"Just getting Syria out (of Lebanon) was a narrowly focused policy," said Daniel Benjamin, a top counter-terrorism official in the Clinton administration who's now at the Washington-based Center for Strategic and International Studies.

"There was a lot of merit in that," Benjamin said. "But we only went half the distance."

"We did nothing, we did absolutely nothing" to bolster the weak Lebanese government after the Syrian withdrawal, said a State Department official, who spoke on condition of anonymity because the comments contradict official policy.

There's that taste of vomit again.

Sane, high-functioning adults simply cannot produce such consistently tragic results -- even pure evil cannot produce results with this kind of consistency.

The complete inability to project ten minutes into the future is evidence of profound mental deficits. It is like the country is being run by the man who mistook his wife for a hat.

Friday, August 04, 2006

Why The Daily Show will go the way of Tom Lehrer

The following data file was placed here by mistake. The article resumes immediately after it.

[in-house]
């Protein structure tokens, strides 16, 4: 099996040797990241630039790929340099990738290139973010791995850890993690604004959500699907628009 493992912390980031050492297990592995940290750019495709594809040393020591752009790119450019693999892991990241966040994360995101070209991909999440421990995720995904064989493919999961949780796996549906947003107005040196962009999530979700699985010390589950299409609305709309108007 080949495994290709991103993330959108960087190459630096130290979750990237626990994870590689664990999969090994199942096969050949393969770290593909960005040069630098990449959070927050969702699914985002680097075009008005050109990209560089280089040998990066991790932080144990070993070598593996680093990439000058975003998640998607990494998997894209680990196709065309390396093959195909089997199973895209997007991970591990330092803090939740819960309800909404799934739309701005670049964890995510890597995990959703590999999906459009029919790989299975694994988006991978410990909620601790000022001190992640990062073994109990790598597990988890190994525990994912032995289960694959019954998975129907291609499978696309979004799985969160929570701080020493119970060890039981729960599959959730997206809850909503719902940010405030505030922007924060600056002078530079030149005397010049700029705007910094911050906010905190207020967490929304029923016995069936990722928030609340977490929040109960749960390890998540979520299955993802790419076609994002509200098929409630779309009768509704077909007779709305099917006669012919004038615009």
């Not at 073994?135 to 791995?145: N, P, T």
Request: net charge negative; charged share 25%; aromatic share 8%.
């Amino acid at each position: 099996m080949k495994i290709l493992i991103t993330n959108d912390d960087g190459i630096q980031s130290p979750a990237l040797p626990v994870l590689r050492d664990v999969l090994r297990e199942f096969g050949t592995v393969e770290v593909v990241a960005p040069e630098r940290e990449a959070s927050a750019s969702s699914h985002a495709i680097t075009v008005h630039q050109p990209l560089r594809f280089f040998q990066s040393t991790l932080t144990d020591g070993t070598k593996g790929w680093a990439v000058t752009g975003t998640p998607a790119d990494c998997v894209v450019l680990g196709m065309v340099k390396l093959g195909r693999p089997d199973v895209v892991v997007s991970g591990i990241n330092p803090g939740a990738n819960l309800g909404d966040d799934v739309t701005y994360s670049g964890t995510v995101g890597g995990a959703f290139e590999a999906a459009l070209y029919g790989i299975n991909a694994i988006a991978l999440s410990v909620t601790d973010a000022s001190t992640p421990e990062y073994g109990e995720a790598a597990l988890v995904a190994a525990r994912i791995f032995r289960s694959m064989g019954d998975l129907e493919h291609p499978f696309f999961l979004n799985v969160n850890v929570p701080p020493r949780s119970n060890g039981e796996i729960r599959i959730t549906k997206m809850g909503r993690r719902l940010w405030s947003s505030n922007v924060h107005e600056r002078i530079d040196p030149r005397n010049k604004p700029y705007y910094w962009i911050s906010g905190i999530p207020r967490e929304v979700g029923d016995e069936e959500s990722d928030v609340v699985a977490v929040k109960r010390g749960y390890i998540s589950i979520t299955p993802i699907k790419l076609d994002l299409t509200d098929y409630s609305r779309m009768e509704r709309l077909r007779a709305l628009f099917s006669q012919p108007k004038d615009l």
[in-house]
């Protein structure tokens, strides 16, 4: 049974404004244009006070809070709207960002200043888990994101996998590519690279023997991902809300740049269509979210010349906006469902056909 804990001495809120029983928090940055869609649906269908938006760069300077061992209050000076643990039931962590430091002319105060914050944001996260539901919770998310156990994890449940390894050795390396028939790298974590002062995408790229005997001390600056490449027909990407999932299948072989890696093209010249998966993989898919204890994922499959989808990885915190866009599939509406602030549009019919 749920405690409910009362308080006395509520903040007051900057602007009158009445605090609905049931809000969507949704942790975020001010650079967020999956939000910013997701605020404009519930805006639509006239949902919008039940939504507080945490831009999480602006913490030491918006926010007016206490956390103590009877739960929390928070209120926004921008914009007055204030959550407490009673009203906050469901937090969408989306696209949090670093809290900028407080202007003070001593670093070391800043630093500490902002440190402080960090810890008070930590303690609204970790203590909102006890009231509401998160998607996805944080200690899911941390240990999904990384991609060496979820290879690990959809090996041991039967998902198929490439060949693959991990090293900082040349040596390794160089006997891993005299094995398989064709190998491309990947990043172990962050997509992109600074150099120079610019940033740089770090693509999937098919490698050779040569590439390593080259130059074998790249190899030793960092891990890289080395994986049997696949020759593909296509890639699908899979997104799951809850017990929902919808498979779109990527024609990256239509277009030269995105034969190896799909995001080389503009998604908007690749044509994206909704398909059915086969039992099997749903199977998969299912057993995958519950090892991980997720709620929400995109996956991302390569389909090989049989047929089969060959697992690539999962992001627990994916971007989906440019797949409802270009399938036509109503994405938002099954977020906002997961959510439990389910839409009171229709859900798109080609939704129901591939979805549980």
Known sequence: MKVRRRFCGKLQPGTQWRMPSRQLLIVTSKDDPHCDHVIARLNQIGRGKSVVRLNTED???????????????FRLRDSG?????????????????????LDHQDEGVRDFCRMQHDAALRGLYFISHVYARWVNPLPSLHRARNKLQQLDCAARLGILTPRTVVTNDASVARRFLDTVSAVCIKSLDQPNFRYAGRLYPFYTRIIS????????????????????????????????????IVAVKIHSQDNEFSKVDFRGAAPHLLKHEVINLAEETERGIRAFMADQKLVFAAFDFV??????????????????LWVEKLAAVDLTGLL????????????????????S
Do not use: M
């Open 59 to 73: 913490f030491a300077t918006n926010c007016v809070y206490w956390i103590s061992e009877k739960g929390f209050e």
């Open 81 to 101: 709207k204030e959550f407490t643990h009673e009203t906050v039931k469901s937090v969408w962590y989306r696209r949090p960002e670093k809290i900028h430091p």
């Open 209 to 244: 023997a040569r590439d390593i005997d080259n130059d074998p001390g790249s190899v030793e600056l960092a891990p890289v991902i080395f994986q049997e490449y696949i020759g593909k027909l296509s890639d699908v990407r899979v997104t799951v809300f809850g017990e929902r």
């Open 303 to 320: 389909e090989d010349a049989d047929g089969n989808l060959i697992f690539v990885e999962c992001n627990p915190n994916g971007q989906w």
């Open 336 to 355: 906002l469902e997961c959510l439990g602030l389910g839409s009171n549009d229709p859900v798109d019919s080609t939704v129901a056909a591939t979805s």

Most of you are probably too young to know who Tom Lehrer is. (Think Mark Russell, only with talent.) When he retired from his political musical satire career (actually, it was well after he retired that he said it, but let's not let facts get in the way), he said "political satire became obsolete when Henry Kissinger was awarded the Nobel Prize."

Rinse. Lather. Repeat:
In his new book, The End of Iraq: How American Incompetence Created A War Without End, (Former Ambassador Peter) Galbraith, the son of the late economist John Kenneth Galbraith, claims that American leadership knew very little about the nature of Iraqi society and the problems it would face after the overthrow of Saddam Hussein.